We guessed these were our cars... and this was last Saturday. We spent hours shoveling. Who knows what they look like today! I haven't driven since last Friday!

But let's face it. I've got cabin fever. I'm going stir crazy. I may resort to skinny-dipping snow angels. Please.Rescue.Me.

Tuesday, February 02, 2010

Brighton: without the "B," it's right on!

Yes... that's a cheer from Brighton High School taught to me by my favorite cheer alumna Ms. Amy Rae Stokes.

But this is a post about Brighton, England. Home of dear Ms. Suzanne Milne, pictured above with Janiece and below with me. Suzanne moved to England to be a traveling nurse, and provided a nice, warm, clean, and very entertaining place for us to crash (literally on top of the crashing waves of a sometimes angry, sometimes picturesque ocean). Plus she hung out with us all over London and Brighton. While it's been kind of a lonely new existence for Suzanne, I must say, she lives in a pretty fine town!

First stop: Brighton Pier. This super kitschy old-school pier reminded me of a much cleaner, classier, and excitedly more British Coney Island.

This is the spot where the famous old carousel runs, but it was totally packaged up for the winter.

We didn't stop in the casino or play Guitar Hero or win an Ipod, but we did wander around the old rickety pier and took in great views of the city.
We also didn't jump off the pier, thanks to the many signs warning us of the danger. We also stopped to check out the artists in the stalls along the beach and made friends with the sweetest photographer. His business goal is to take pictures of happy places. He gave us some copies of his prints.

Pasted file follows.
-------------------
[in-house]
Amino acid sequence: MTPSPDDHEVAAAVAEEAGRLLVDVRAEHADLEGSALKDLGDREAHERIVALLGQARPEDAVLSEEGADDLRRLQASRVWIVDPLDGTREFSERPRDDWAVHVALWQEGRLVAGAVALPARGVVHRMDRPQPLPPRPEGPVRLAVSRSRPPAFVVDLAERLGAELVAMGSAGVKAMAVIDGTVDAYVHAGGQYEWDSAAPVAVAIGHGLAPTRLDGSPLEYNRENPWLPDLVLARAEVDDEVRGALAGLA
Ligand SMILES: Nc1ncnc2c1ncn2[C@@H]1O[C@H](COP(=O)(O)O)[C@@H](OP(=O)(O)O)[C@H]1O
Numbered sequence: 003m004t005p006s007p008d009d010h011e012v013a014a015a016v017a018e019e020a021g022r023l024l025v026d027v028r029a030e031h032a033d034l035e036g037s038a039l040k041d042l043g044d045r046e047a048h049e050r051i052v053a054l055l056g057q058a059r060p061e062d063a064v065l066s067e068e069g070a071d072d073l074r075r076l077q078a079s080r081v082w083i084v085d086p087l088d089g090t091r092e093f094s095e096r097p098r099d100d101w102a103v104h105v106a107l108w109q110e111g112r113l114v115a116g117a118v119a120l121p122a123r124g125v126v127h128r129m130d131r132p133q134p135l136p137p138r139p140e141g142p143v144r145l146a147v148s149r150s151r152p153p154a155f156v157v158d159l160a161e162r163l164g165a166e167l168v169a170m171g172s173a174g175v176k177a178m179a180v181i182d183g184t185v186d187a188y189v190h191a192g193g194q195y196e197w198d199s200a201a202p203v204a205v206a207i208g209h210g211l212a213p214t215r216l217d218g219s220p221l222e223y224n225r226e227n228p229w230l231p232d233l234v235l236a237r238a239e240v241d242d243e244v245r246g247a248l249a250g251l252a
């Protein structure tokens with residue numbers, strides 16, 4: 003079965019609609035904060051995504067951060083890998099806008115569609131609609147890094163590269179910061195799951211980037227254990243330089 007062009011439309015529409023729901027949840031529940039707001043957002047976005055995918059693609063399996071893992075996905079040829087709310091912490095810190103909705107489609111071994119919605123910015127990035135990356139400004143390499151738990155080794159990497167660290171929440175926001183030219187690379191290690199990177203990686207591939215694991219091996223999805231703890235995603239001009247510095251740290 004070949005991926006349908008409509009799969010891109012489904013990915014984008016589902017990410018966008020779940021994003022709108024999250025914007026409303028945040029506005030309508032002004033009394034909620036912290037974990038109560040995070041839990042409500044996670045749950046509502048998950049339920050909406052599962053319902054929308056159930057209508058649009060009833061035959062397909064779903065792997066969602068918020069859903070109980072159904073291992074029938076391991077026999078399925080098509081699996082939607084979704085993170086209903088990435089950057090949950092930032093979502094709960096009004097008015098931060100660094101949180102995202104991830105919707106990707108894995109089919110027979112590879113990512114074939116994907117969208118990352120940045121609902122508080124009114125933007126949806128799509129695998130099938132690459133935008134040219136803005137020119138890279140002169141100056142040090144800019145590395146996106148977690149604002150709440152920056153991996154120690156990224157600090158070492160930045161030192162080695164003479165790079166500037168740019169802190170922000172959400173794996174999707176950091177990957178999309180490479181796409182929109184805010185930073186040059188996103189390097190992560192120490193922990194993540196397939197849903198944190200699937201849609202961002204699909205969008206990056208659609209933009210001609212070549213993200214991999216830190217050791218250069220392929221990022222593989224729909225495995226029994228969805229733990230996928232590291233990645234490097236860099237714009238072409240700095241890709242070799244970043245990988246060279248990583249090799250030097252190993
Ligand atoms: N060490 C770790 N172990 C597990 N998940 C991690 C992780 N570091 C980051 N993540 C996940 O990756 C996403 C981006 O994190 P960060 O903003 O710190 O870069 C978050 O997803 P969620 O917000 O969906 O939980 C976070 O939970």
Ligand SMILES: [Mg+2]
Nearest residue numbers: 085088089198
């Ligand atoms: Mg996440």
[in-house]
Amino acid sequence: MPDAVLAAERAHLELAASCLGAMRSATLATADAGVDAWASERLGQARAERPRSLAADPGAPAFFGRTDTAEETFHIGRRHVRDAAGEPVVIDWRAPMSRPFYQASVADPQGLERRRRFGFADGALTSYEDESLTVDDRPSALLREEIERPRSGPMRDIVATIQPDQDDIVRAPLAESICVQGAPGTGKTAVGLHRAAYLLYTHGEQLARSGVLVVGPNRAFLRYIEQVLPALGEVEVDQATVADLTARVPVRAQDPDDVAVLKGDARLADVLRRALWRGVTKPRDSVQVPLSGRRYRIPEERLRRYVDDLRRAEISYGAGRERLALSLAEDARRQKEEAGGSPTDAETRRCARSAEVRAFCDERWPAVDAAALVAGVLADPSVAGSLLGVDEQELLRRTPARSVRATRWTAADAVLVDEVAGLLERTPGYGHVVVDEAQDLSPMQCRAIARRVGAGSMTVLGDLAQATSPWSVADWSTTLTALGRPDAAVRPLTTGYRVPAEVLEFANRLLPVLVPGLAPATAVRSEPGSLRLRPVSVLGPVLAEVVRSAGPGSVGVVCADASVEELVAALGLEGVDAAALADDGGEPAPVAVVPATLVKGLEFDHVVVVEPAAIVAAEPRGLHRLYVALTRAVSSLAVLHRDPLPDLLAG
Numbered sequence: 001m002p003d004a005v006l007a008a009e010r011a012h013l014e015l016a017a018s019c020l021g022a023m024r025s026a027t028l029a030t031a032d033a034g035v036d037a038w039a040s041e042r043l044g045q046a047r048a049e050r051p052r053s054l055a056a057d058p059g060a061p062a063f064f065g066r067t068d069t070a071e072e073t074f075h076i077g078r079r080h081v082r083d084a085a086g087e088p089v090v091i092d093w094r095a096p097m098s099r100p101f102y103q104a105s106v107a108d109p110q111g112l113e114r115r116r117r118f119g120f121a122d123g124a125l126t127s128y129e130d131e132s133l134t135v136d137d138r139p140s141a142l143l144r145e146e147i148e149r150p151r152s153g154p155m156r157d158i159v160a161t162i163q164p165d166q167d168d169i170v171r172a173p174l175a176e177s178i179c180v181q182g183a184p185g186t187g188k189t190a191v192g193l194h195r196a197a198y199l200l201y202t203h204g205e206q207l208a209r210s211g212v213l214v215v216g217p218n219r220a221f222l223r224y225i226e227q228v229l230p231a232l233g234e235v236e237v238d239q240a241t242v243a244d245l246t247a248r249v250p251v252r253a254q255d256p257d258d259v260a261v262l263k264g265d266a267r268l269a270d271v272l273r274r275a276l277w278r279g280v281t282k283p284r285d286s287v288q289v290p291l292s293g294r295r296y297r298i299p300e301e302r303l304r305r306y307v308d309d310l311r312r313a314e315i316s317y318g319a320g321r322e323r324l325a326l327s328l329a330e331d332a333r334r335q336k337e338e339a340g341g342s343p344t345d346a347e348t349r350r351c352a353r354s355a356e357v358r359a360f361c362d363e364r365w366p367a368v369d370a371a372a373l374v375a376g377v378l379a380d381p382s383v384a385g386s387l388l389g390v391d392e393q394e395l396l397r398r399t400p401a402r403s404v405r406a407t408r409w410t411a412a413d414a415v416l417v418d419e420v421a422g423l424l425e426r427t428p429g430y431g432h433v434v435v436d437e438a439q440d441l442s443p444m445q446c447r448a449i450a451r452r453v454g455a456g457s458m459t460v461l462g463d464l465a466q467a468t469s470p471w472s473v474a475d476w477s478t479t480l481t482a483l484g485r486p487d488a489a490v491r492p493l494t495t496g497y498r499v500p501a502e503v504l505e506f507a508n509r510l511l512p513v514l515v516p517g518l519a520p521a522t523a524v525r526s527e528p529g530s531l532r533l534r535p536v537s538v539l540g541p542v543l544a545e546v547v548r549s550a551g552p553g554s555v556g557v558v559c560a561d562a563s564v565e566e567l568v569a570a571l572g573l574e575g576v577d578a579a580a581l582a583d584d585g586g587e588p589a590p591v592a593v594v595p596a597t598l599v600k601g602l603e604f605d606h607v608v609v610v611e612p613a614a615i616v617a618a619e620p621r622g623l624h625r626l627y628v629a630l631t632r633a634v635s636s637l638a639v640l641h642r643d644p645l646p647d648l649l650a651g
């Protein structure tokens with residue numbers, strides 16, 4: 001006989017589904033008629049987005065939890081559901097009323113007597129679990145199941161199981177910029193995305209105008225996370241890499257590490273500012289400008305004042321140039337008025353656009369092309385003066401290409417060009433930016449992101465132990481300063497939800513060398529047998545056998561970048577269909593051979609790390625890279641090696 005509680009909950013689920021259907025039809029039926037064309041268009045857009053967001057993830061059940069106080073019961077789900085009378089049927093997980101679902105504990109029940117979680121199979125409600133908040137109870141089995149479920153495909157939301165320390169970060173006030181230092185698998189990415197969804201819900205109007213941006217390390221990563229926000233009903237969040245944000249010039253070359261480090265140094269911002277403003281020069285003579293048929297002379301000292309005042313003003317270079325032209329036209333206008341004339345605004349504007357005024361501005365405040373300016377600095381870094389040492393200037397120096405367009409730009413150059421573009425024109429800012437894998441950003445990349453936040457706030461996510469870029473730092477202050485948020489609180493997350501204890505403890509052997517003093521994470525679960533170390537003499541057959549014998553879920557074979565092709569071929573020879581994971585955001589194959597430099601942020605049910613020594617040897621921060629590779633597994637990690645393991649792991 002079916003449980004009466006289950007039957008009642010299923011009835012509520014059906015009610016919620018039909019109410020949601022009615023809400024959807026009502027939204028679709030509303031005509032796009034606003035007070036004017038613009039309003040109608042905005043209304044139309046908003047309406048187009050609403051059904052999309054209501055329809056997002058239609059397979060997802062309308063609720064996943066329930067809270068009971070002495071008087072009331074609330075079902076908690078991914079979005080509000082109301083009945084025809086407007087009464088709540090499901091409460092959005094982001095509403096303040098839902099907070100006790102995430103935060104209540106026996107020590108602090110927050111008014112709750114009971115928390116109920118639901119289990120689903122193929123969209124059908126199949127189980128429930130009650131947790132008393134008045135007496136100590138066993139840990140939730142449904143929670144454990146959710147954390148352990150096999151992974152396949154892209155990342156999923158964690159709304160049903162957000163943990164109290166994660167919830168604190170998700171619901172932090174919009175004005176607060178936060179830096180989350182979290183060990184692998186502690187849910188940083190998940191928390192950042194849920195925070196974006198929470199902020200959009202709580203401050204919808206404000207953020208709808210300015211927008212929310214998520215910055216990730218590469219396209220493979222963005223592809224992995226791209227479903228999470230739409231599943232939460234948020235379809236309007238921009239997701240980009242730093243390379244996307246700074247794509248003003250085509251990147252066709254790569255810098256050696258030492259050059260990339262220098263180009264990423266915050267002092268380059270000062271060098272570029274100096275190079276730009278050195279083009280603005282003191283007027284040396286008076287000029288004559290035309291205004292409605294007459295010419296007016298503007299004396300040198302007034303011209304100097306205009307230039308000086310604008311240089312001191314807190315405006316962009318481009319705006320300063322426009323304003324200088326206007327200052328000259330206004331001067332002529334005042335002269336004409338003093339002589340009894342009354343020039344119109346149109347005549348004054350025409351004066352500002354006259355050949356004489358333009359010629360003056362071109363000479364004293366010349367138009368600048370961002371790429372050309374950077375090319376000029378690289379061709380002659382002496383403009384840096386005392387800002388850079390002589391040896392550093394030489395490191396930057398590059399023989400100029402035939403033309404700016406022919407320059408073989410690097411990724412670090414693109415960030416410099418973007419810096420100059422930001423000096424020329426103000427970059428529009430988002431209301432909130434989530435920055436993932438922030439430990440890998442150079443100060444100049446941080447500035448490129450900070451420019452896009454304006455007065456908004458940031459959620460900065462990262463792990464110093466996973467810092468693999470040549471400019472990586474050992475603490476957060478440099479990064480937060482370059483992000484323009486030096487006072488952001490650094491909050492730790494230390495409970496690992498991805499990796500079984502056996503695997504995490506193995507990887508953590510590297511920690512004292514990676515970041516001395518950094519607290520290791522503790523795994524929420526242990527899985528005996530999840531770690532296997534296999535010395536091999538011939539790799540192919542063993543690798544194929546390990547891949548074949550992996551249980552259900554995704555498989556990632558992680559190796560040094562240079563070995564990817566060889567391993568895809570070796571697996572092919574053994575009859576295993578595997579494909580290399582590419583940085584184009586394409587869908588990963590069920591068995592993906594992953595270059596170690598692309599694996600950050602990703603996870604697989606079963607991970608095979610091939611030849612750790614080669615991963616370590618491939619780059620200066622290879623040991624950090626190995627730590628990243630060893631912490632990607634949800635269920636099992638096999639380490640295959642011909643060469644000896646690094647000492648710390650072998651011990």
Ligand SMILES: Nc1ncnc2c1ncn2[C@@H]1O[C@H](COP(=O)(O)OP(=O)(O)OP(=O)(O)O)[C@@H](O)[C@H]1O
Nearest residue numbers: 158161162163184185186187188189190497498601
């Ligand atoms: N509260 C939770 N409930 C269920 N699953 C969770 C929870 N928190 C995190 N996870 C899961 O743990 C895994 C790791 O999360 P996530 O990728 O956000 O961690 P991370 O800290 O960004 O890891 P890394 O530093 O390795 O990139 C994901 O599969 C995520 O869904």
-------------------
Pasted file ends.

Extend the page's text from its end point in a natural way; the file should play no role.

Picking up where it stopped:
We wandered around the Lanes--some great shopping to be had in Brighton, I must say! Gourmet chocolate, Cath Kidston, Laura Ashley, and many, many, many very cool jewelry shops. Then we headed to the Royal Pavillion. What a beautiful monstrosity, this showcase of Orientalism mixed with royal playground!I loved the lines and points and arches set against the sun. That sun! There IS sun in Brighton in the winter! It may be cold, but there IS sun!

We learned all about George, Prince Regent at the turn of the 19th century, and the way he created this pleasure palace. I enjoyed hearing about all the different iterations of the building up until the time of Victoria. I loved the flamboyant taste and exotic splendor. It's all so self-contained. Victoria hated the place because she could barely see the ocean from its windows. It's true. You'd think in such a location you could capitalize on the beach. Not here, my friends. It's all what goes on within these walls, stays within these walls.

Great tour. Great shopping. Great town. Yeah, it's pretty right on.